Deep Cycle Batteries (also known as ‘solar batteries ‘) provide electrical storage in renewable energy (RE) systems. If you want to use your electricity anytime other than when the system is producing it, you will need batteries. So if, during a nice sunny day, your solar array produces a lot of electricity, you’ll need batteries to access that power after the sun goes down.
And although it may seem counter-intuitive, it’s also true that if you have a wind turbine or solar panel array that is connected directly to the electric grid without batteries, you will not be able to use the power they produce during a grid power outage. A 24v deep cycle battery has many benefits. We've listed some of them here:
Deep Cycle Batteries
Deep cycle batteries used in renewable energy (RE) systems are different from car batteries and that difference is critical. RE systems by nature are cyclical: energy is captured and stored, then later consumed, in a (usually) regular. For example, in a battery-based solar electric system, the energy produced daily by the solar panels is stored in the battery bank, which is then used by loads at night or on not-so-sunny days. This repetitive process subjects the batteries to a slow, daily charge and discharge pattern.
Car batteries are not meant to be used in this way. They can release a great deal of their stored energy at once, to start the engine, then they immediately receive a rapid recharge from the car’s alternator. They’re not meant to recover their charge slowly, as would happen in a solar electric system. They’re very impatient that way! In fact, a car battery in a RE system would quickly die and need to be replaced. Deep cycle batteries, on the other hand, can be gradually discharged by as much as half of their capacity and will patiently await gradual recharge. When properly maintained, a deep cycle battery can last four to 10 years.
There are two divisions and three main types of deep cycle batteries used in RE systems. The divisions are flooded and sealed batteries. Flooded batteries use a fluid electrolyte, have ports to access their cells’ fluid reservoirs, and require maintenance (adding fluid). Sealed batteries use non-fluid electrolyte contained in inaccessible cells. There’s only one flooded type: flooded lead-acid batteries. Sealed batteries include Absorbed Glass Mat (AGM) batteries and gel cell batteries.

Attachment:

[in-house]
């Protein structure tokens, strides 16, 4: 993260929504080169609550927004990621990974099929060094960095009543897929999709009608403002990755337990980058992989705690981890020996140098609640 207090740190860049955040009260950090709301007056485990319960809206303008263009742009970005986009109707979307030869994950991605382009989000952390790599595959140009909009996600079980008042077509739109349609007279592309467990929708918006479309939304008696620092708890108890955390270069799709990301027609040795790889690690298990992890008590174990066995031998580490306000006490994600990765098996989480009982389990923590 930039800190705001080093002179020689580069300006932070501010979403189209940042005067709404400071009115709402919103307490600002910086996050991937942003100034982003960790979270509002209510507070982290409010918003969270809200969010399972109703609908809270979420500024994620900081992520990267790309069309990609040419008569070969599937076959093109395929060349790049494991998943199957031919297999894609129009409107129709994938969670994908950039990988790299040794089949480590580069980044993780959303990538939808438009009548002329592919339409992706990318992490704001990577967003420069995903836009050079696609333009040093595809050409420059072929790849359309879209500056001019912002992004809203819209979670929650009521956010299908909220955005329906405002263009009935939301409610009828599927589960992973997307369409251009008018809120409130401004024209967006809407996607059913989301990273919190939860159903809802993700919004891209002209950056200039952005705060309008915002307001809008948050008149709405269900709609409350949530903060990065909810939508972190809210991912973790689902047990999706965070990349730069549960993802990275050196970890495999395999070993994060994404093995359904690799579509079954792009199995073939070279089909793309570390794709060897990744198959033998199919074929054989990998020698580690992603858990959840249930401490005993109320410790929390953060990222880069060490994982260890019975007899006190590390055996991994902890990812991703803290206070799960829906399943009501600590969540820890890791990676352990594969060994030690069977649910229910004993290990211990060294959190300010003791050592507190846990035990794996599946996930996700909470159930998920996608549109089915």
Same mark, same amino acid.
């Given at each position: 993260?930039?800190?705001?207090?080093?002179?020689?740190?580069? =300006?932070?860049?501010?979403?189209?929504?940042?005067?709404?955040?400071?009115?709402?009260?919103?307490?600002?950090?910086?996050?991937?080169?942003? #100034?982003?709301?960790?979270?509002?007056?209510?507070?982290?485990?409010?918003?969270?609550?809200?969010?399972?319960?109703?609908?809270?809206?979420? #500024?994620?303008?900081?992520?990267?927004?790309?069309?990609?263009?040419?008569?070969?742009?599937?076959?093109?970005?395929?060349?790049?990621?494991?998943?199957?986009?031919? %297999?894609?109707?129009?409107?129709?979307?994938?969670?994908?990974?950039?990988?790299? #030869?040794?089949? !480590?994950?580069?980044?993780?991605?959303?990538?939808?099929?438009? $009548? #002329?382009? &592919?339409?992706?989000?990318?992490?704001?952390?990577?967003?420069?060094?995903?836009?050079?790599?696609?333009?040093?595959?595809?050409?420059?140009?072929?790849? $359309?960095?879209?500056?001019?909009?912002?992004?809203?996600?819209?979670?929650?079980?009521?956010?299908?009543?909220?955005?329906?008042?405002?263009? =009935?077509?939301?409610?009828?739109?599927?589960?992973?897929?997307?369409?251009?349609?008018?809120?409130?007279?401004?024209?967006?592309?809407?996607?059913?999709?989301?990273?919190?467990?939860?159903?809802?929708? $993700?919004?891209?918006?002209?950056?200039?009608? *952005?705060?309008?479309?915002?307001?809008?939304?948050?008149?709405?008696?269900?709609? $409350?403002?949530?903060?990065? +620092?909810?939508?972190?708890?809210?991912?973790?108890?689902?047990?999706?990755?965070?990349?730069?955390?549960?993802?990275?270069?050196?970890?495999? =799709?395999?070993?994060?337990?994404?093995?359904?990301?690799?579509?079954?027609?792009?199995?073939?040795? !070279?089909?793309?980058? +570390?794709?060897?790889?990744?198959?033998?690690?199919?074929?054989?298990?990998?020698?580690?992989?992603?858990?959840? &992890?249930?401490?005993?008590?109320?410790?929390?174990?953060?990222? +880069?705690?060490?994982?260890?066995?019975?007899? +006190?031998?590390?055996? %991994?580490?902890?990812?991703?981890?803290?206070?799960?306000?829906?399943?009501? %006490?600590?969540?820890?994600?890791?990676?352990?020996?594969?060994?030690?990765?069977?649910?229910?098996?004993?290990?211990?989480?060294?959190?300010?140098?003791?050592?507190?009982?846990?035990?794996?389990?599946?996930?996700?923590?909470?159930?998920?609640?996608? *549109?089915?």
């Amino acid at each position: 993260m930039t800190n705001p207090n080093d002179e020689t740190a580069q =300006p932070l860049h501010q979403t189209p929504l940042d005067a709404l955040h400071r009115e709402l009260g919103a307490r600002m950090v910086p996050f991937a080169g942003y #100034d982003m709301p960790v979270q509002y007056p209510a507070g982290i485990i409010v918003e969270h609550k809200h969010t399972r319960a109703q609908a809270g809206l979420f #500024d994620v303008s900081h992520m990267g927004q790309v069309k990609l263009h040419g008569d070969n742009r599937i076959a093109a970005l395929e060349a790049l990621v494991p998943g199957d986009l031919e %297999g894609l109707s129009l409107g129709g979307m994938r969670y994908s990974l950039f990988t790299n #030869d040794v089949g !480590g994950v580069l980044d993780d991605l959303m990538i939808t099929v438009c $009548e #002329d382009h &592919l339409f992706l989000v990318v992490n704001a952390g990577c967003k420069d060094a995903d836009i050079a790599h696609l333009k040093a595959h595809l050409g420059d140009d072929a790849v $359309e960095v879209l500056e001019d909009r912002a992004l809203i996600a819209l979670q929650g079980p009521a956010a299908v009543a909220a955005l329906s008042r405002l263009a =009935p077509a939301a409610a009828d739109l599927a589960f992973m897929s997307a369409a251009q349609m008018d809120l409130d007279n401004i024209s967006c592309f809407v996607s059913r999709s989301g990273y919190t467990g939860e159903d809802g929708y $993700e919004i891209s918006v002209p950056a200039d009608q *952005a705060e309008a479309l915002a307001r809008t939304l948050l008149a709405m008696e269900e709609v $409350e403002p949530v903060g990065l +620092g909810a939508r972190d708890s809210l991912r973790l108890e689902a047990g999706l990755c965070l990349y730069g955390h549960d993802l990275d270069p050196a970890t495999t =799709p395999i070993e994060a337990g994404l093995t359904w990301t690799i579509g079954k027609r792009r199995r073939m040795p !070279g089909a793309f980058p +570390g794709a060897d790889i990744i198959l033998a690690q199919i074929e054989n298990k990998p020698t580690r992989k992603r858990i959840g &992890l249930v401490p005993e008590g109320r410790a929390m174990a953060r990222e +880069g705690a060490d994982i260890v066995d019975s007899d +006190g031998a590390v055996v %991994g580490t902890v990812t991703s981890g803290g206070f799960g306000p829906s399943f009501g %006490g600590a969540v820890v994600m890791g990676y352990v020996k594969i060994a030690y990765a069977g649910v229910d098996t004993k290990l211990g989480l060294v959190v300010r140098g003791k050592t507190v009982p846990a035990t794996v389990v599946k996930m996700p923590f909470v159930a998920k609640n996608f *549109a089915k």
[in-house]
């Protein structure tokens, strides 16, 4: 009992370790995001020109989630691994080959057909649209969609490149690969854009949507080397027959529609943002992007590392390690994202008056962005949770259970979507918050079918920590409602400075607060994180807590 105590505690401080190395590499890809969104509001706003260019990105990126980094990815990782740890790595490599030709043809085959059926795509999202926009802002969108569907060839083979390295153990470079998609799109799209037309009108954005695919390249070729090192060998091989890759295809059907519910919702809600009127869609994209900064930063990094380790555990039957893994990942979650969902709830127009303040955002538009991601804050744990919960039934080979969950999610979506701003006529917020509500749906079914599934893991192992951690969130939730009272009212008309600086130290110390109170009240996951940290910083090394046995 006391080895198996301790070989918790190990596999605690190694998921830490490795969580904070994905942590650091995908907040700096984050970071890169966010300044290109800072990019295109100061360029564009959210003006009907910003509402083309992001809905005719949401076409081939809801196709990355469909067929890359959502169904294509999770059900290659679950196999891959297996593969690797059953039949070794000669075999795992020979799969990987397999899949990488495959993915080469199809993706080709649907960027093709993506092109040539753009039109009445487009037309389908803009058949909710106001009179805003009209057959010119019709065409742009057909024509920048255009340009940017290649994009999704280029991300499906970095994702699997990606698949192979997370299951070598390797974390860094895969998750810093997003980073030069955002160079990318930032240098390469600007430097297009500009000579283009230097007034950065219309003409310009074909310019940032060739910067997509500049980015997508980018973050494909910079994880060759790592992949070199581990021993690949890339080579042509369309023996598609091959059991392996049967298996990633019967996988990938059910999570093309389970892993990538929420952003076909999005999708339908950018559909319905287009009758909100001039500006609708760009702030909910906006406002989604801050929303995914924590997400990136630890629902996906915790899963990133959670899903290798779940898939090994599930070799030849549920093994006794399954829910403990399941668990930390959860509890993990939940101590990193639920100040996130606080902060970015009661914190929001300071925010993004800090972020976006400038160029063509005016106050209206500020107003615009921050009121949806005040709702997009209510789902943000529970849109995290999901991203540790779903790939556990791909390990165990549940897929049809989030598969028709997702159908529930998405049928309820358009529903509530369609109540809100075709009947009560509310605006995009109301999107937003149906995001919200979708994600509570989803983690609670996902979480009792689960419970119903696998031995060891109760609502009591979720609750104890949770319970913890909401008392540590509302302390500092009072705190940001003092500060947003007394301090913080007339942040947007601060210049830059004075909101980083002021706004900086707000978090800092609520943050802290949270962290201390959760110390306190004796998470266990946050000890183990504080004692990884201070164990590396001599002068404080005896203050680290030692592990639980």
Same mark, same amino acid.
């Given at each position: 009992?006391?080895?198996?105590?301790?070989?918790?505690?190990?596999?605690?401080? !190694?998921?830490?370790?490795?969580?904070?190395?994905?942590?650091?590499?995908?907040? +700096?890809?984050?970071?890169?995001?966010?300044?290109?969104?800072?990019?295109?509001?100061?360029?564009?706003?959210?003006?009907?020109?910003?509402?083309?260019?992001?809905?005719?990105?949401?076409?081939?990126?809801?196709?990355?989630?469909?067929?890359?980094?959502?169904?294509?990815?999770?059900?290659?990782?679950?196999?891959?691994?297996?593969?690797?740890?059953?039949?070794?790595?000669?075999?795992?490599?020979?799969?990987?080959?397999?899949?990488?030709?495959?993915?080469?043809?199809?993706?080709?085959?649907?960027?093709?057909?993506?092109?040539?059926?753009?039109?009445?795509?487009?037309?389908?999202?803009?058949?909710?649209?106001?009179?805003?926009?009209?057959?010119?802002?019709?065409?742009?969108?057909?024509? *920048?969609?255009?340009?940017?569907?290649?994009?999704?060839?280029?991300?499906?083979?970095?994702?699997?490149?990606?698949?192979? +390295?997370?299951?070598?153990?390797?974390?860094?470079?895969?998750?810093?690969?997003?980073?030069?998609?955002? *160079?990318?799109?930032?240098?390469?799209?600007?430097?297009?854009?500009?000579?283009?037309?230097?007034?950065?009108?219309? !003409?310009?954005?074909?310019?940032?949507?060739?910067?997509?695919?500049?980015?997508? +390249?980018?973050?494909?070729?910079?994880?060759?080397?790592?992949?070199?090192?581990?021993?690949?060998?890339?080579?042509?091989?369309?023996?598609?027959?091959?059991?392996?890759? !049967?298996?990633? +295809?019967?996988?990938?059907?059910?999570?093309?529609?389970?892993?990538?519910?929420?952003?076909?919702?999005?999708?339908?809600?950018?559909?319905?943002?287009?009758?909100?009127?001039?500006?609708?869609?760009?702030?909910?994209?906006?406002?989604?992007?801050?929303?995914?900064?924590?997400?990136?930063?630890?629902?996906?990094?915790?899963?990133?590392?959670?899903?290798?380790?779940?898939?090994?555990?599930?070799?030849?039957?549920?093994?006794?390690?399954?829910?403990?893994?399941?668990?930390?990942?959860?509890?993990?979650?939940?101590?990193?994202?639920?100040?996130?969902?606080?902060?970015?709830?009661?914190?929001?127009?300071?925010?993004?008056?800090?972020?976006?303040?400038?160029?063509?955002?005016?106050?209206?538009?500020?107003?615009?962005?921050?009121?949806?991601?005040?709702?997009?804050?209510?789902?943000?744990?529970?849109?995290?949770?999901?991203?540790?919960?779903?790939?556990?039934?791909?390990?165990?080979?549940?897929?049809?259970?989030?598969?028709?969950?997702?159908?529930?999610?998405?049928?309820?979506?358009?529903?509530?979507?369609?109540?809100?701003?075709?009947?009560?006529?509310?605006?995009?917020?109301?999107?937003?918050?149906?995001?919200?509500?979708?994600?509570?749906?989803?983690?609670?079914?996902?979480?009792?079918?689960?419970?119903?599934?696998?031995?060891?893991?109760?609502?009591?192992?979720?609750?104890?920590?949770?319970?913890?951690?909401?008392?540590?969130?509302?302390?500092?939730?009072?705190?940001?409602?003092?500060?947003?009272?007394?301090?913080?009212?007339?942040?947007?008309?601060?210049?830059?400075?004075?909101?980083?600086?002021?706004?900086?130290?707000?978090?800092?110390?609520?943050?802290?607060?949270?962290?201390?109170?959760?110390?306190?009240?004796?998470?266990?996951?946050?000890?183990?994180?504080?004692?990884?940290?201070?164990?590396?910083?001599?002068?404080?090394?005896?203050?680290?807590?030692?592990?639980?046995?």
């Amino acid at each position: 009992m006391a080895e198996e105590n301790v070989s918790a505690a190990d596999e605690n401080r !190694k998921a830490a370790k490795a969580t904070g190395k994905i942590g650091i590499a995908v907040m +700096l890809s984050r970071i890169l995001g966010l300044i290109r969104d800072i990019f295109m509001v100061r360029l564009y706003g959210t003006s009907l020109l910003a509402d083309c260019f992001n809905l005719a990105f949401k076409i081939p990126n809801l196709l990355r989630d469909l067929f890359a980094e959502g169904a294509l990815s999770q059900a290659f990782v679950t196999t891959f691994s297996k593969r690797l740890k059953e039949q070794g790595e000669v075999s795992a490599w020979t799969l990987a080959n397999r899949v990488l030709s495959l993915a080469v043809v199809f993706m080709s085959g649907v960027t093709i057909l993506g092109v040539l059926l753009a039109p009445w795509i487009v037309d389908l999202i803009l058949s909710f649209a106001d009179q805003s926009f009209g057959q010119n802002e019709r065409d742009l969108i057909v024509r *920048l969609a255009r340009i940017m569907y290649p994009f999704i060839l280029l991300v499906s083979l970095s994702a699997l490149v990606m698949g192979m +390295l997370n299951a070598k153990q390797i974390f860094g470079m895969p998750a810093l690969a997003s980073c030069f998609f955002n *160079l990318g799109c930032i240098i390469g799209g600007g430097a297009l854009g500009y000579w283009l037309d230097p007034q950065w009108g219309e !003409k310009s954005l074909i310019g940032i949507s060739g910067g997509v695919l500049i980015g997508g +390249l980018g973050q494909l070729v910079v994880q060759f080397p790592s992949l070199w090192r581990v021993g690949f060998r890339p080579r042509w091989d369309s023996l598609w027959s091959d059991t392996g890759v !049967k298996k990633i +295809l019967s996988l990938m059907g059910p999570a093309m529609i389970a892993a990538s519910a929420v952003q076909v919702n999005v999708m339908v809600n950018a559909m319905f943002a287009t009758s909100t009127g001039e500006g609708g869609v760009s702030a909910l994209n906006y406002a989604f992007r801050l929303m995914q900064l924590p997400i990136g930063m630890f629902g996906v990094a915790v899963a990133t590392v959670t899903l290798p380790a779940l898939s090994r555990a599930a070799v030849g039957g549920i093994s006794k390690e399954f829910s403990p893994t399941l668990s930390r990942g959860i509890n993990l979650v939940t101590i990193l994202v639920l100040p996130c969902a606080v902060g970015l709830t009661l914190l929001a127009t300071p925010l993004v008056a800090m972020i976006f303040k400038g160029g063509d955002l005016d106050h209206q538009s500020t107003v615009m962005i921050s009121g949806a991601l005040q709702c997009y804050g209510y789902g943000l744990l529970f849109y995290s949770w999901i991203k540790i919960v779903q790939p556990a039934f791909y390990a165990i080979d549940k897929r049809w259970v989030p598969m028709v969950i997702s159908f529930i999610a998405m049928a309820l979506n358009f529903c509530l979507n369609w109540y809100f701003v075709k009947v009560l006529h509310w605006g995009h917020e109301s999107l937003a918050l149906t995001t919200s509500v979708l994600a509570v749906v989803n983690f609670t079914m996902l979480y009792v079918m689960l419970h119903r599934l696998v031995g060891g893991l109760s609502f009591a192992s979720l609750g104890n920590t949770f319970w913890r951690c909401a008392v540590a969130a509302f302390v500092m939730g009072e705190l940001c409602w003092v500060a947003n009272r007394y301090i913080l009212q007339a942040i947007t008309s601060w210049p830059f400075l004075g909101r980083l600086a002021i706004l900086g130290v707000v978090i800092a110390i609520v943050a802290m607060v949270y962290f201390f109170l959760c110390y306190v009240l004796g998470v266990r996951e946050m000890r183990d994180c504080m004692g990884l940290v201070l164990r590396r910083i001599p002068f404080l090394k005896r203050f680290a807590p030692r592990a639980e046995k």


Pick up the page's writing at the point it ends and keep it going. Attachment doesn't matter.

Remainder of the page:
Flooded Lead-Acid (FLA) Deep Cycle Batteries
Flooded deep cycle lead-acid batteries (FLA), also called “wet cells”, are commonly used in solar, wind and hydroelectric renewabl energy systems. They are often the least expensive type of deep cycle battery and can last the longest. They also come in a wide range of sizes.
In FLA batteries, a sulphuric acid solution is the which reacts with the lead plates in the cells to produce electricity. When FLA deep cycle batteries are recharged, electrolysis occurs, producing hydrogen and oxygen gases in a normal process called “outgassing”.
These gases (hydrogen and oxygen) may escape the cells through the filler/vent caps, creating two problems: the fluid loss means that the fluid level in the battery goes down, potentially exposing the normally “flooded” lead plates – not a good thing. So using FLA batteries in your system means that you are committed to regularly monitoring and maintaining them by adding distilled water to each cell as needed. Water Miser vent caps can help prevent some moisture escape, thus reducing watering frequency.
The other problem is the presence and accumulation of explosive gases. Hydrogen and oxygen gases are extremely dangerous and must be properly vented – to the outside air. So it’s clear that with FLA batteries, battery maintenance is an essential part of system maintenance.